By 1800, the trade in beaver fur centered on North America, as the European beaver had long since been hunted to scarcity. The most desirable hats throughout much of the world were made from beaver felt, and their popularity meant an insatiable demand for beaver pelts. The demand did not slow until the American beaver also became scarce by the mid-19th century -- and silk hats became popular.
The fur trade in North America brought the Native Americans into a global economy, as fur products were important overseas trade items. In exchange, Native Americans acquired European-manufactured items such as guns, knives, glass beads, metal cooking pots and blankets. The beaver, in particular, was a key product in the fur trade, and many pelts trapped in North America ended up in markets in England, France and Russia. By the 19th century, many fur traders remained year-round with the tribes to engage in fur exchanges.
Beaver Felt Hats
Gentlemen in 19th century Europe wore beaver felt hats as statements of social status and wealth. The most expensive hats were made almost entirely of beaver felt, but cheaper hats, or demi-castors, made from blended wood were also available. Like all rodents, beaver skin contains a soft under-fur with barbed hairs ideal for felt-making. The process of making beaver felt for hats was laborious. Hatters, or hat factory employees, physically removed the outer guard hairs, then they subjected the under-fur to a mercury solution to raise the barbs in the hair. The hairs would mat easily to form the felt, which then required an even more laborious process to form and shape into a hat.
Two types of beaver fur were traded in the 1800s. The most valuable were called castor gras, or coat, pelts, and these were actually sewn together and worn next to the body for a season. Both Native Americans and fur traders wore beaver coats in this fashion to keep themselves warm for a winter -- but also to increase the beaver pelts’ value. Wearing the furs made them more pliable and wore away the unwanted guard hairs. This meant less labor for the hatters who processed the hides. Castor sec pelts were simply processed but not worn, and more labor was required to remove the guard hairs, which decreased their value.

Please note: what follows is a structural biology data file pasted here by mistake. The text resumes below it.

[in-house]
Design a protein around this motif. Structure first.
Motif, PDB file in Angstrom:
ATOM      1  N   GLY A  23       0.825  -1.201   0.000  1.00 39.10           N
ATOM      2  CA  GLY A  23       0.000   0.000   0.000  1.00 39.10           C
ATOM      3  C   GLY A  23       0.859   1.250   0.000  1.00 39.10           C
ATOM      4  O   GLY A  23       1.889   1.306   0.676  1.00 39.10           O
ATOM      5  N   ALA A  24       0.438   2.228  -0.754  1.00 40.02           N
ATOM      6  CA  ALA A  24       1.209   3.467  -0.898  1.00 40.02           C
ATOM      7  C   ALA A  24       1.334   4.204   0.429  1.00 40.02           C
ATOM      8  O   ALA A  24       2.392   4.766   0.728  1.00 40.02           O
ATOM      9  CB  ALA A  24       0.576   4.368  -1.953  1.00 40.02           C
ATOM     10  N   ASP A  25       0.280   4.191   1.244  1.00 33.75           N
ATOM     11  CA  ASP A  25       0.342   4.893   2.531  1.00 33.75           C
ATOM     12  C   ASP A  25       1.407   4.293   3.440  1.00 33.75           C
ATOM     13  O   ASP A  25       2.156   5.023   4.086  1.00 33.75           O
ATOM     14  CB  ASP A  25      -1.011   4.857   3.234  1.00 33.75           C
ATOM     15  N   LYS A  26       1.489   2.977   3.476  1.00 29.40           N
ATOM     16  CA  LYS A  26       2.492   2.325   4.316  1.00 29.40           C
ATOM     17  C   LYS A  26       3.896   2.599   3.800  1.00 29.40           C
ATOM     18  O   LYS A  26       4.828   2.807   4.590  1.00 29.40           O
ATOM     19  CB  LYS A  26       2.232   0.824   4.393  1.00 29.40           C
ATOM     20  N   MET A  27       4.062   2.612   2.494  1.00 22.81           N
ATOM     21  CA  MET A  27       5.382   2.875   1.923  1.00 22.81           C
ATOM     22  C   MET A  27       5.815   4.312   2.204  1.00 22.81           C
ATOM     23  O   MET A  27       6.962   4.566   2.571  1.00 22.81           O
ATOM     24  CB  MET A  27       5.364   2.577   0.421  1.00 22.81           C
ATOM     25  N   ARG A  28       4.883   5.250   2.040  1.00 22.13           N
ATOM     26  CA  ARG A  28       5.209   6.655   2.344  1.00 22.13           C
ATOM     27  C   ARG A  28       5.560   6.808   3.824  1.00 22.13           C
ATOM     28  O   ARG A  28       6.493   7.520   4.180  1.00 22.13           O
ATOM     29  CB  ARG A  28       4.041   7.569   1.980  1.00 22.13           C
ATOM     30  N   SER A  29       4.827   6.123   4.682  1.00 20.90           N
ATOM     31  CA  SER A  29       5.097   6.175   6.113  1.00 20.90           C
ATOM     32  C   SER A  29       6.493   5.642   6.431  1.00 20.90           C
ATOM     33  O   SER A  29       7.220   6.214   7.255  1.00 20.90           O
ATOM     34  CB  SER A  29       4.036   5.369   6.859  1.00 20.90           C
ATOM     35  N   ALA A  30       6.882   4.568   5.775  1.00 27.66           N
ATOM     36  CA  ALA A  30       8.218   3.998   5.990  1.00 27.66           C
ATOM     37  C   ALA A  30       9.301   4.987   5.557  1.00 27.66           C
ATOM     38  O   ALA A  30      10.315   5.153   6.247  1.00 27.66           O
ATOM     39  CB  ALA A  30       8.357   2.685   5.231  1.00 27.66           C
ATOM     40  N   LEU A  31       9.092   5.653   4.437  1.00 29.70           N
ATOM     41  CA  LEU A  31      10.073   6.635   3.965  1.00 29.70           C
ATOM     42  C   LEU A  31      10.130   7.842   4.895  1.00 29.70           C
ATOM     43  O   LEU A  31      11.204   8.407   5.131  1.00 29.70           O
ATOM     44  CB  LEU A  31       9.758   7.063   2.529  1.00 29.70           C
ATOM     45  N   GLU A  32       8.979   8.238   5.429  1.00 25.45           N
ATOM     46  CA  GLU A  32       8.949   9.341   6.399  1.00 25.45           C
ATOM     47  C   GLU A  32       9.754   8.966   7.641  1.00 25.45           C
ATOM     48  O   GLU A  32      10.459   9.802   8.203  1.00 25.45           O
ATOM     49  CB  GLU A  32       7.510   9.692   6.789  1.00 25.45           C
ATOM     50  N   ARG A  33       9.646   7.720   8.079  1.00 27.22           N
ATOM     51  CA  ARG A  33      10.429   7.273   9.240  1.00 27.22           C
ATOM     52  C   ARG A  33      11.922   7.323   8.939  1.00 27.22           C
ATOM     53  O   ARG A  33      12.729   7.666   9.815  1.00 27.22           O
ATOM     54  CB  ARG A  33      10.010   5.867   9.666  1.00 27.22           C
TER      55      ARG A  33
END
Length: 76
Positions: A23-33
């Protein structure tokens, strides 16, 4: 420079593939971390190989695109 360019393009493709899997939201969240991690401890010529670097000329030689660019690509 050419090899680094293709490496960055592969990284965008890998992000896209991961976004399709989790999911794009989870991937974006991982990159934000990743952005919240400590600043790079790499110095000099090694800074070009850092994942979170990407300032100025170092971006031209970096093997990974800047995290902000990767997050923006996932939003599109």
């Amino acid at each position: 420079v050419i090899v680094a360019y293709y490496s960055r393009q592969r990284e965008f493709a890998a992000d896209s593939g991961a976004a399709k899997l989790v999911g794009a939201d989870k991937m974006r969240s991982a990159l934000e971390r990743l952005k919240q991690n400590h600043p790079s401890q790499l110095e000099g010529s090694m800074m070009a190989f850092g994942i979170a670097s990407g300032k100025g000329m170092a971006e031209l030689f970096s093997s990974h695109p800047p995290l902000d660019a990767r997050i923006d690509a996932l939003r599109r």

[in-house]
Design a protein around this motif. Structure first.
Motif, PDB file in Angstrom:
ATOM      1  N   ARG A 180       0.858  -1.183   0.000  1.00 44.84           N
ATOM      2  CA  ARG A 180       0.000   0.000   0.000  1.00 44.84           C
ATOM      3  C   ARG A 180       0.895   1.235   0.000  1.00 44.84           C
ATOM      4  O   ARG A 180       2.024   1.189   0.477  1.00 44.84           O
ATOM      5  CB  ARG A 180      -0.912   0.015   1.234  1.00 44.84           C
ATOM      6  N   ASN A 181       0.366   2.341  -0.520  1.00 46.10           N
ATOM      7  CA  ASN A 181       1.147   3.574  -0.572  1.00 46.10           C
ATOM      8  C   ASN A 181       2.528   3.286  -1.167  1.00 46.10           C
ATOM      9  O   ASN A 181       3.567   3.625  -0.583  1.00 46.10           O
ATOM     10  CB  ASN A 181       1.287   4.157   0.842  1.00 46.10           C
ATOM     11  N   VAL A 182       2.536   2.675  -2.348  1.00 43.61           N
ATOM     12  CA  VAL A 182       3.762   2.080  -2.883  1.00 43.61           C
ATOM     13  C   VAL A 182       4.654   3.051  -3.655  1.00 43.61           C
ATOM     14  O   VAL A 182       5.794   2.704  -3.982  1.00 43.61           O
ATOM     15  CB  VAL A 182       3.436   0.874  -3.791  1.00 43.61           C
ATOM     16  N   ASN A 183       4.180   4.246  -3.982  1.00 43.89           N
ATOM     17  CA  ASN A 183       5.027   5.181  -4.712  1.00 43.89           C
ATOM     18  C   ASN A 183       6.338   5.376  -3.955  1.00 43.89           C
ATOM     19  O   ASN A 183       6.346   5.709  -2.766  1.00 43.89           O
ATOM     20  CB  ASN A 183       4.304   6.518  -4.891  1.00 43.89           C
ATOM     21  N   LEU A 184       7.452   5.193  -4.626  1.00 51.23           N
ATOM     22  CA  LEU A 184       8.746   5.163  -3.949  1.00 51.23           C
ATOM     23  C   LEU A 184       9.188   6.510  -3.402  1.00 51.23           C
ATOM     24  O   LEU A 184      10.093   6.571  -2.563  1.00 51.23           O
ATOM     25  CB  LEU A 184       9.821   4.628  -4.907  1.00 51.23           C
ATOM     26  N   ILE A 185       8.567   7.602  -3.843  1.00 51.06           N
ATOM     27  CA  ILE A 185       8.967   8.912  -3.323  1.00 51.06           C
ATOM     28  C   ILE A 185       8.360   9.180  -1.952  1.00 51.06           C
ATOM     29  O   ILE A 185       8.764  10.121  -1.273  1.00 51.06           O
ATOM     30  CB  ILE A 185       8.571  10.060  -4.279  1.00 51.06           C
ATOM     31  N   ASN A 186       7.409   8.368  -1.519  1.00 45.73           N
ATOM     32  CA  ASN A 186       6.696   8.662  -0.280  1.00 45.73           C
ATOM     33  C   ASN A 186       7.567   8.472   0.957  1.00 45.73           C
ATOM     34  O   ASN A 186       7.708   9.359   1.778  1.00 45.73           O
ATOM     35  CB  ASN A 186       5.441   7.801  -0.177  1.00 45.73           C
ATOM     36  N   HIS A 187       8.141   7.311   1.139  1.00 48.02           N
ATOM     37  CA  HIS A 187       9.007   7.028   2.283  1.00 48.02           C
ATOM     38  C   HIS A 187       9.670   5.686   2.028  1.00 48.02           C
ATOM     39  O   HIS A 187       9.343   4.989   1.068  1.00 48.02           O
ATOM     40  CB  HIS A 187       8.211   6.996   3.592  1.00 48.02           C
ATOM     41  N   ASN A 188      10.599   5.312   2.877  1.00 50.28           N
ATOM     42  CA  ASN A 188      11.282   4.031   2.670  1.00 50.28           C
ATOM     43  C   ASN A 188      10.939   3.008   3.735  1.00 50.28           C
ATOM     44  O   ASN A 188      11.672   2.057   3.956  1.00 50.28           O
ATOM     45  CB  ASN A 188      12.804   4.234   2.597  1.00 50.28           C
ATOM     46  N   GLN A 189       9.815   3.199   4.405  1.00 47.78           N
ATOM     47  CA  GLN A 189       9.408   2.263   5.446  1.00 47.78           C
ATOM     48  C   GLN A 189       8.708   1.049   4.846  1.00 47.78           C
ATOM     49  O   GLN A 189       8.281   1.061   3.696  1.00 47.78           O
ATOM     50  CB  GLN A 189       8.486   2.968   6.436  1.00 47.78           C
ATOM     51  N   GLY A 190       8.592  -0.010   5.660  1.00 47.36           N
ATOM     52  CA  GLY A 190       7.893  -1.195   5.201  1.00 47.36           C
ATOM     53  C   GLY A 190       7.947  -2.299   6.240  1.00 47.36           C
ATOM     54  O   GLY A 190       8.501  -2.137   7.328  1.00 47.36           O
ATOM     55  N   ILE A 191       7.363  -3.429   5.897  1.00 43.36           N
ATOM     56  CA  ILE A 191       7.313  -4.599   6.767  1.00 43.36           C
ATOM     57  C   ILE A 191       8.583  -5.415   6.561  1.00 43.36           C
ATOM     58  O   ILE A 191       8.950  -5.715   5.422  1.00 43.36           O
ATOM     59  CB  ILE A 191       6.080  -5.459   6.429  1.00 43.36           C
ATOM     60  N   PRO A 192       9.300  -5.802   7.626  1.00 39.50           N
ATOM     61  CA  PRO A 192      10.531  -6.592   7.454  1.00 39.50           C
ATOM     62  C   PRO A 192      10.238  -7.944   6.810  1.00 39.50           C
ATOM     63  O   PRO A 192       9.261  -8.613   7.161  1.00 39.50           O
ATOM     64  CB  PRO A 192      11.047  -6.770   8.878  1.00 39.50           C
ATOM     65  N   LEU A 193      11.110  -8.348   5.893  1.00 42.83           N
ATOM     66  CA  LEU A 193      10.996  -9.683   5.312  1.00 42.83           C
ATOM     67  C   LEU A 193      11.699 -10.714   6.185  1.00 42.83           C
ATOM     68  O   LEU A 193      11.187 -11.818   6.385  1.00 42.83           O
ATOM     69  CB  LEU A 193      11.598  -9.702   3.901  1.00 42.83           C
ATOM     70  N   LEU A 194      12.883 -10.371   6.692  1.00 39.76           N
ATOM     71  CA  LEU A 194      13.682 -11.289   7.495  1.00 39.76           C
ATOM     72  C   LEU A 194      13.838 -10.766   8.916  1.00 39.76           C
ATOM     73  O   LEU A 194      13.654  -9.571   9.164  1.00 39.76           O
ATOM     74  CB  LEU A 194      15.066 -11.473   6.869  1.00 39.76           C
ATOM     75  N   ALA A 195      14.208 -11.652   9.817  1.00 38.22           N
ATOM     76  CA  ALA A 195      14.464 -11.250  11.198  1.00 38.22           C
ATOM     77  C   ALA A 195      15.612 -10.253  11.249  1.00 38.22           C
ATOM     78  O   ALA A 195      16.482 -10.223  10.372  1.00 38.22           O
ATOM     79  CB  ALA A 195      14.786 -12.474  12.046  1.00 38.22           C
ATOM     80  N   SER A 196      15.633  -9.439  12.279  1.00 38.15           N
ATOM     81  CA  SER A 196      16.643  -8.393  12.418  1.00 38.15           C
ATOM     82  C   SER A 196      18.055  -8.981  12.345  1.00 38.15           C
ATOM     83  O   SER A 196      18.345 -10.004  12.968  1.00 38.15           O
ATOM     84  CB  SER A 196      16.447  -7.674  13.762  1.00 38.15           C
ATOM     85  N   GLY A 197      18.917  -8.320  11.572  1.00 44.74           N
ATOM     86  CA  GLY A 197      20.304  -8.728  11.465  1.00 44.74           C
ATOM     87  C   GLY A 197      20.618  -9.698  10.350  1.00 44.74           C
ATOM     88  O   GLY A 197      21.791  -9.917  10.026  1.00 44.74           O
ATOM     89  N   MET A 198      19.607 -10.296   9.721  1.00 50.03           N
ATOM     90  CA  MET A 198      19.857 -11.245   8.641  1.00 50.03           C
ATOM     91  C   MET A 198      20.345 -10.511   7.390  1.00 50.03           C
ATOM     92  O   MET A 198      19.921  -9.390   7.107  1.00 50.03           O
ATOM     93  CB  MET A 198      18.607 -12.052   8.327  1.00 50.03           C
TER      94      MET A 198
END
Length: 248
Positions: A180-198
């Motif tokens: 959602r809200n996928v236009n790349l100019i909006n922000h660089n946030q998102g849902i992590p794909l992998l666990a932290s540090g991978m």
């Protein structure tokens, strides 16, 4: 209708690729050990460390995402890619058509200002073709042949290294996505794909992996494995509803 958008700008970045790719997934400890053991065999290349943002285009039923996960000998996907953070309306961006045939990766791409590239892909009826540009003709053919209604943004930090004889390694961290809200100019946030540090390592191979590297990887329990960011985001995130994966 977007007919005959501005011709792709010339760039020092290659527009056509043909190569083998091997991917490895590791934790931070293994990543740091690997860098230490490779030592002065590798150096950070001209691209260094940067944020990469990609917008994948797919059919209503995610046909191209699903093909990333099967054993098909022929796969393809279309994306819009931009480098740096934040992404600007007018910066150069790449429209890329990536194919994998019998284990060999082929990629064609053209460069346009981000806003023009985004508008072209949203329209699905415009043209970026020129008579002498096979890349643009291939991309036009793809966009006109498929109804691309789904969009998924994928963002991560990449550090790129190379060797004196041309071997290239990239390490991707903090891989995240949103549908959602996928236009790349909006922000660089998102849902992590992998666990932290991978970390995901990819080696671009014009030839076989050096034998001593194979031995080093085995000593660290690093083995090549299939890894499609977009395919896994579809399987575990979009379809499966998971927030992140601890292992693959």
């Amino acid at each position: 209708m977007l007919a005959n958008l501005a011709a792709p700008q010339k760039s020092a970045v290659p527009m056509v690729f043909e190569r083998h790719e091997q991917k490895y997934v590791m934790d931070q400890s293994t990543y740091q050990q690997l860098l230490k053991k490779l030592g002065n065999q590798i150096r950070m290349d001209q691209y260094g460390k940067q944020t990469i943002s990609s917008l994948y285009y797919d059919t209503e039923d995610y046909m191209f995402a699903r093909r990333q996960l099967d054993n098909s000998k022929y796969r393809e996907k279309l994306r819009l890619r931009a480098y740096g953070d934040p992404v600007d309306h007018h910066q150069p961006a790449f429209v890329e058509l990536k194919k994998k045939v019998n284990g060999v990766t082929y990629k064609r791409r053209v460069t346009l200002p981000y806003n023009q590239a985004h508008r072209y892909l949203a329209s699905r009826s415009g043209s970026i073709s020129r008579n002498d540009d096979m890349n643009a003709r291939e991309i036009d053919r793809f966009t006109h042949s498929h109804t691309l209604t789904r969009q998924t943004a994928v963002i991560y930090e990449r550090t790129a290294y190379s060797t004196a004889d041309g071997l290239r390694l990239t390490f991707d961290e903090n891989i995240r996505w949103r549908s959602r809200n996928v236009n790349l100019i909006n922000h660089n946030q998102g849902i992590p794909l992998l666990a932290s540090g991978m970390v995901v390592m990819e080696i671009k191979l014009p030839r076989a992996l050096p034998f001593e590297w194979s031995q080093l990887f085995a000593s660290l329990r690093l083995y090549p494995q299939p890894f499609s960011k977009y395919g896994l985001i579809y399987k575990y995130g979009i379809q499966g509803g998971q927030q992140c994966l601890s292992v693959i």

Beaver Trade Decline
Before the arrival of Europeans, an estimated 60 million beavers thrived in North America. They are believed to have existed in more than 85 percent of waterways, and more than 100,000 pelts were traded annually by the 17th century. Two events led to the demise of the beaver trade. The first was simply overhunting and trapping; by the 1830s, North American beaver had become scarce. By 1900, they were a rare sight. Secondly, by the 1830s, fashion had made silk hats more desirable than beaver felt, and the price for beaver pelts plummeted.
- University of Minnesota James Ford Bell Library: The Beaver Fur Trade
- University of California Santa Cruz Center for World History: A Brief History of the Beaver Trade
- University of Virginia's American Studies Project: The Fur Trade: "Beaver Powered Mountaineering"
- McGill University Library: The Beaver and Other Pelts
- Economic History Association: The Economic History of the Fur Trade: 1670 to 1870
- Canadian Geographic: Rethinking the Beaver
John Peterson published his first article in 1992. Having written extensively on North American archaeology and material culture, he has contributed to various archaeological journals and publications. Peterson has a Bachelor of Arts from Eastern New Mexico University and a Master of Arts from the University of Nebraska, both in anthropology, as well as a Bachelor of Arts in history from Columbia College.